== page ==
Greater lower limb flexion in gymnastic landings is associated with reduced landing force: a repeated measures study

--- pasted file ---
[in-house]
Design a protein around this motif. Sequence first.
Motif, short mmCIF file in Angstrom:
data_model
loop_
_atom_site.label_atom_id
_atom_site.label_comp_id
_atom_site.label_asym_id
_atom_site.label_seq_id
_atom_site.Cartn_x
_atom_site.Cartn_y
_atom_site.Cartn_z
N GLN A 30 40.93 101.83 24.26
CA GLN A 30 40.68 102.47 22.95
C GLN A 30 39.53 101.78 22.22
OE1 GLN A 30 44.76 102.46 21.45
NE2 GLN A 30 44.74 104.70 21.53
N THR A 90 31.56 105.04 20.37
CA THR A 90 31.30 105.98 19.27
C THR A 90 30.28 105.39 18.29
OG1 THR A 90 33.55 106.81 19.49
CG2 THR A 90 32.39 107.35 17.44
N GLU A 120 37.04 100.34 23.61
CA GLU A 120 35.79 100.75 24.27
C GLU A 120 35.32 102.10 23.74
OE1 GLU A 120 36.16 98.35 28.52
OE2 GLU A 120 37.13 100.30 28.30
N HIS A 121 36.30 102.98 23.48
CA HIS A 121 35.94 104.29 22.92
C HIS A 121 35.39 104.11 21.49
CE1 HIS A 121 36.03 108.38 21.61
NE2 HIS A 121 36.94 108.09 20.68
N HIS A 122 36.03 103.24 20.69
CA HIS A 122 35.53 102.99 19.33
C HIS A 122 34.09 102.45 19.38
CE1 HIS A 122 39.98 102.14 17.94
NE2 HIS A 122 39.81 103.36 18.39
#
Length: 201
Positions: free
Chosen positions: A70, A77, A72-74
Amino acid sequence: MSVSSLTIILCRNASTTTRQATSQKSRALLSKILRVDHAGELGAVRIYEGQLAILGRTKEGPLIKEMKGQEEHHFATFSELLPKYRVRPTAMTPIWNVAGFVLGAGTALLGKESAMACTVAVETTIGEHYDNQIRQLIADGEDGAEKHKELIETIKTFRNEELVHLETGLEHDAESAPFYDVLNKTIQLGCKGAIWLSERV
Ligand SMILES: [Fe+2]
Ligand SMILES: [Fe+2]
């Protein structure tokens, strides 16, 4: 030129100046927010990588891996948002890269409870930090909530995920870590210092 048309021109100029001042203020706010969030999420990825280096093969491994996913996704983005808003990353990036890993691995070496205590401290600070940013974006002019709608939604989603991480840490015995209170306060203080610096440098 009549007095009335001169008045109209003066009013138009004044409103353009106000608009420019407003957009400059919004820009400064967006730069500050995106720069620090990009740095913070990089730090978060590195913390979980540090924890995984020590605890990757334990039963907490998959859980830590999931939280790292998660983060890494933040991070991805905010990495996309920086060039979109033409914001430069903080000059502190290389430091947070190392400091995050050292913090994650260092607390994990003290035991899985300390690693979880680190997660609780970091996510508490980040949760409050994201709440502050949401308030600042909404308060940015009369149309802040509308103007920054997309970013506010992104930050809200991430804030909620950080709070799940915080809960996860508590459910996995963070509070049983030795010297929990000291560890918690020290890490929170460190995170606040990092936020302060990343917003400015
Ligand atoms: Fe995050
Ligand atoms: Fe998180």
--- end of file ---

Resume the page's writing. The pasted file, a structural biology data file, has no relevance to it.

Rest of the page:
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High impact forces during gymnastic landings are thought to contribute to the high rate of injuries. Lower limb joint flexion is currently limited within gymnastic rules, yet might be an avenue for reduced force absorption. This study investigated whether lower limb flexion during three gymnastic landings was related to force. Differences between landings were also explored. Twenty-one elite women's artistic gymnasts performed three common gymnastic techniques: drop landing (DL), front and back somersaults. Ankle, knee, and hip angles, and vertical ground reaction force [(vGRF) magnitude and time to peak], were measured using three-dimensional motion analysis and force platform. The DL had significantly smaller peak vGRF, greater time to peak vGRF and larger lower limb flexion ranges than landing from either somersault. Peak vGRF and time to peak vGRF were inversely related. Peak vGRF was significantly reduced in gymnasts who landed with greater hip flexion, and time to peak was significantly increased with increasing ankle, knee, and hip flexion. Increased range of lower limb flexion should be encouraged during gymnastic landings to increase time to peak vGRF and reduce high impact force. For this purpose, judging criteria limitations on lower limb flexion should be reconsidered.
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